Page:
My old shop at TEDxRedmond

Since I was a kid, I've had opportunities to travel around the world and give talks at conferences (sometimes very much in my wheelhouse, like education, youth, and literacy events, and sometimes very much not--shoutout to the lovely folks at the property market MIPIM, or the Association of Energy Services Professionals).

I'd be an asshole if I thought I actually deserved all these opportunities. I don't really believe in merit, and I know no one advances in life on their own; as Barack Obama said more poetically, "you didn't build that." I've been lucky, and I know a lot of peers with more drive and grit than me have not. Given that I believe strongly in equality of opportunity and other fine democratic ideals, I often wonder: how do lucky people live ethically?

Answering that is an ongoing process, but one idea I'm trying to work on is amplifying the voices of other folks who are doing interesting work. In advance of this talk I'm about to give at this year's InstructureCon in Colorado, here's a list of young people doing cool things who you should follow that I'm going to announce during my talk and invite the 2500 attendees to check out! List is certainly incomplete -- reflects biases in my own communities and who I've met personally. (If I know you, you do cool things, and you're not on the list, I think you're awesome but the sleep deprivation and 9000' elevation in Keystone, CO got to me. Will try to update this when it's not midnight MST.)

There are so many other people and I can't write a little blurb for each person but follow them on Twitter, amplify their work on your networks, and invite them to give a talk at your next conference!

Wednesday, January 17, 2018

On Aziz Ansari, and Talking to Men

In a recent conversation in the wake of the story about Aziz Ansari I found myself trying to explain to a man that thing that many women do around men. If this were a circus, it could be something sensational and cute: the Magic Shrinking Act, the Play-Doh Woman, the Mansplainer Charmer. But it's not a circus, just daily life.

By way of explaining, here are some stories.

There's T., a guy I know. We were at a social event together once when some other guy provoked him--maybe with some comment about T.'s purported romantic prowess or lack thereof. T. responded by loudly declaring something to the effect of "just wait until I show them my [tech company] pay stub, which is bigger than yours." I made a joke about that, at which his expression darkened. Knowing that he could be quick to anger, I hurriedly said, "Sorry!" Another time, he gave a couple friends and me a ride. He swore at almost every other driver on the road. I laughed nervously and tried to keep the mood light, feeling somehow guilty for the perturbed air between us. I knew he liked classic rock, so I queued up seven songs, just for him, to play on the car speakers. I'm on the highway to hell / Highway to hell...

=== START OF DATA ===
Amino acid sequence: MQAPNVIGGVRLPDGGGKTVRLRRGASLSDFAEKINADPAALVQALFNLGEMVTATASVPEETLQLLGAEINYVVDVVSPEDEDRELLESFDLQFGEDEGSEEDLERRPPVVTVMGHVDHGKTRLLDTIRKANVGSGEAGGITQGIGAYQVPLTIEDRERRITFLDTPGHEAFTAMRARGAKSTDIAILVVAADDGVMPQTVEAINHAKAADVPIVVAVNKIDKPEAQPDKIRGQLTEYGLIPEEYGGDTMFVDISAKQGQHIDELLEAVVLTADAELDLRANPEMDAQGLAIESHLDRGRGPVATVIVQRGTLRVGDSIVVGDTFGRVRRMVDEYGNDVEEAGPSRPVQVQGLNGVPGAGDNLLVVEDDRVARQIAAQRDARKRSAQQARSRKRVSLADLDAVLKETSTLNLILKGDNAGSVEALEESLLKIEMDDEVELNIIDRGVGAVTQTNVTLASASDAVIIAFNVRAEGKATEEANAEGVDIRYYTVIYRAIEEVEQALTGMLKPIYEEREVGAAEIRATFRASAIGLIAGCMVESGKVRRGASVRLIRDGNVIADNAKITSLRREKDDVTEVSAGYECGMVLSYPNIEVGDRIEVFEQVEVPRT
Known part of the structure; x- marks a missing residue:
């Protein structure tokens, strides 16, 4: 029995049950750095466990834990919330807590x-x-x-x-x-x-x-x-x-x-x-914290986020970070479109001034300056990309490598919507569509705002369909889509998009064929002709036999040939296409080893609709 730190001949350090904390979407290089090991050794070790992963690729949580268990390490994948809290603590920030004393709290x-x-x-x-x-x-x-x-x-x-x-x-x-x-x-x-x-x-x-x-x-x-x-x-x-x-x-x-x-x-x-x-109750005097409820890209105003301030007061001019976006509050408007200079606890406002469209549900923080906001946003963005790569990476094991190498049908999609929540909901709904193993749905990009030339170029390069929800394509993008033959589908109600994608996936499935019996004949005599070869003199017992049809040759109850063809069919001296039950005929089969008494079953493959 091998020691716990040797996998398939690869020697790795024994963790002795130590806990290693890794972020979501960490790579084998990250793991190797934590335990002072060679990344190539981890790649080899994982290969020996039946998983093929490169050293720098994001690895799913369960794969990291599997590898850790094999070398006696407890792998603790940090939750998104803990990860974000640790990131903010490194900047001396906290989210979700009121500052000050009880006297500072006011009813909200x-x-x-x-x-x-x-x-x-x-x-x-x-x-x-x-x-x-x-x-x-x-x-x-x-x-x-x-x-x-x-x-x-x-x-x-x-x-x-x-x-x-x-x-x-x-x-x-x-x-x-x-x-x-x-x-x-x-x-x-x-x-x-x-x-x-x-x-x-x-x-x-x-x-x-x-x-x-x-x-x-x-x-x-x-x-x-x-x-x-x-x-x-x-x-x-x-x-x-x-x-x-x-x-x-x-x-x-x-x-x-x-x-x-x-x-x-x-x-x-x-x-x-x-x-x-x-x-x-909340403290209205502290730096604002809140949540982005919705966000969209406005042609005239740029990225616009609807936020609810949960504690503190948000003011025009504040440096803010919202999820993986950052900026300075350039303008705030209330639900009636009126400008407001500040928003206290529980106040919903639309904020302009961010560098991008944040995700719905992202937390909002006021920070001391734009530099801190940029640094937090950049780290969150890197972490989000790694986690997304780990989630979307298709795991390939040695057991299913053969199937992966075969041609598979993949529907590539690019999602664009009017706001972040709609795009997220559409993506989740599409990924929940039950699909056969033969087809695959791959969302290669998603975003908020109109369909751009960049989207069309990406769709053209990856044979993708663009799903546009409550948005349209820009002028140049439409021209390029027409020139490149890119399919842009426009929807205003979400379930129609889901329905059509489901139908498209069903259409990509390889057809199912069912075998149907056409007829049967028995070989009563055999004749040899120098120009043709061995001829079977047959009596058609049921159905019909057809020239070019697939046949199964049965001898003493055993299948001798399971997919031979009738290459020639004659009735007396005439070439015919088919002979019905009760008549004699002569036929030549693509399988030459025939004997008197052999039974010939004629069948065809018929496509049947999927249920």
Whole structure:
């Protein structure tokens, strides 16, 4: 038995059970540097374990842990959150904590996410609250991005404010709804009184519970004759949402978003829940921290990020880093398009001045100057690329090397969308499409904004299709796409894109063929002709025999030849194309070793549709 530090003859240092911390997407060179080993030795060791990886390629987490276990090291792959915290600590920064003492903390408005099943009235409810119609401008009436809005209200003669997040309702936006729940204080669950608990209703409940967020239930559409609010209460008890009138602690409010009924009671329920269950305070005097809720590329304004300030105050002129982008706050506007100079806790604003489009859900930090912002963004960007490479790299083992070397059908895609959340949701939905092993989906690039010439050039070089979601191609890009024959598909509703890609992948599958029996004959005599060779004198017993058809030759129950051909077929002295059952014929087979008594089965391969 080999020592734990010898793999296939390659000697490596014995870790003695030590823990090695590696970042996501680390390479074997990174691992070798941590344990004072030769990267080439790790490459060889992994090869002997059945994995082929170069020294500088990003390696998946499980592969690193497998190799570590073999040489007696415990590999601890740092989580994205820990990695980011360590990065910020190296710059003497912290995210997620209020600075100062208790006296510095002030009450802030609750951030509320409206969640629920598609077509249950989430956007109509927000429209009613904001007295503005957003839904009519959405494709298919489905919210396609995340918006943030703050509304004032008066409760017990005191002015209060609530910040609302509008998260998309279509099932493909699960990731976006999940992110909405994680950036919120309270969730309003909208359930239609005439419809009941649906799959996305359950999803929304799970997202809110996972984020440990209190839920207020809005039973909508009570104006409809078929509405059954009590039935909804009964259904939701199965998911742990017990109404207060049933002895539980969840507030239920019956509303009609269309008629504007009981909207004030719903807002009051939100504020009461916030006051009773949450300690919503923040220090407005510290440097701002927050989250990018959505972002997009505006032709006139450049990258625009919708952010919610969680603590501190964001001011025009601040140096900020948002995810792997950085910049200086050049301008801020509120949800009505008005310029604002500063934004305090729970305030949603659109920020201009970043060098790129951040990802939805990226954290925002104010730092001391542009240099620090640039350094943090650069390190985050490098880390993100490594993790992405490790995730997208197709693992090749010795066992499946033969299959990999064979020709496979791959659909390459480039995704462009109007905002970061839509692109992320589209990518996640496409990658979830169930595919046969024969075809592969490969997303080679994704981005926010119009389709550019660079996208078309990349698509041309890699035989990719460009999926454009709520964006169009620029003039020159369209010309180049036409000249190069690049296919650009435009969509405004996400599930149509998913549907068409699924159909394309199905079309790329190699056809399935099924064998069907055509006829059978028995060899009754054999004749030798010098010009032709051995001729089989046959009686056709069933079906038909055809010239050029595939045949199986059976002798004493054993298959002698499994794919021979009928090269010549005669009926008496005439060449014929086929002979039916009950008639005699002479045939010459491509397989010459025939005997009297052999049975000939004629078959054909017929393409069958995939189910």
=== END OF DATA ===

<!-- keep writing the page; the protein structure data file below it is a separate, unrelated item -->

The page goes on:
I'm not myself when I'm around T.

S. is a friend who I've known since I was fifteen. Our conversations alternate between analytical discussions of the article links we send each other and sarcastic banter. He sent me the Aziz Ansari article and the NYTimes response, "Aziz Ansari is Guilty. Of Not Being a Mind-Reader." What did I think, he wondered. He must have seen my ellipsis flicker onto his screen and then off a couple times then. I typed and backspaced and backspaced some more, all those tender-looking machinations of steeling myself. I was trying to prepare the right sort of response. A calm, certain, and measured one. I thought that Ansari had behaved badly, that any instigator of sexual activity needs to consider their partner's interiority. I said this. But there would be the concessions, the disclaimers: what he did was not criminal, and certainly not Weinstein-level.

I was able to type up all the things I thought. Why was it so hard to write what I felt?

Perhaps it was wise not to delve into pathos and personal experience. After all, S. said later, after he said that he agreed with me, that he thought the tone of the story was an issue. I agreed that it could have been improved, but felt hesitant when he remarked it should have been written "professionally" rather than "hysterically."

It was a revealing choice of words, if accidentally so. The word "hysteria" comes from the Greek, hysterikos, "of the womb, suffering in the womb." The word became a catch-all phrase for a variety of female afflictions and irritations thought to be caused by a "wandering womb." The advances of medical science have thankfully disabused us of any notion of a uterus magically traveling around the female body (side note--I'd love to see someone make an animated GIF of that), but we continue to use the word disproportionately to refer to women. Hysterical: the classy way to say "bitches be crazy." I wonder if S. knows this.

Either way, I didn't want to be a crazy bitch, or an angry one. And oh, I am. I am angry at Aziz Ansari for repeatedly sticking his fingers in a woman's mouth (how can you assume she's into that without asking, "Yo, are you into fingers in your mouth?" That's a pretty non-standard part of your sexual repertoire, my dude). I am angry at him for making a move on her after he had suggested "just chilling on the couch." I am angry at him for his utter oblivion, the "I had a great time!" text after she went home crying in an Uber.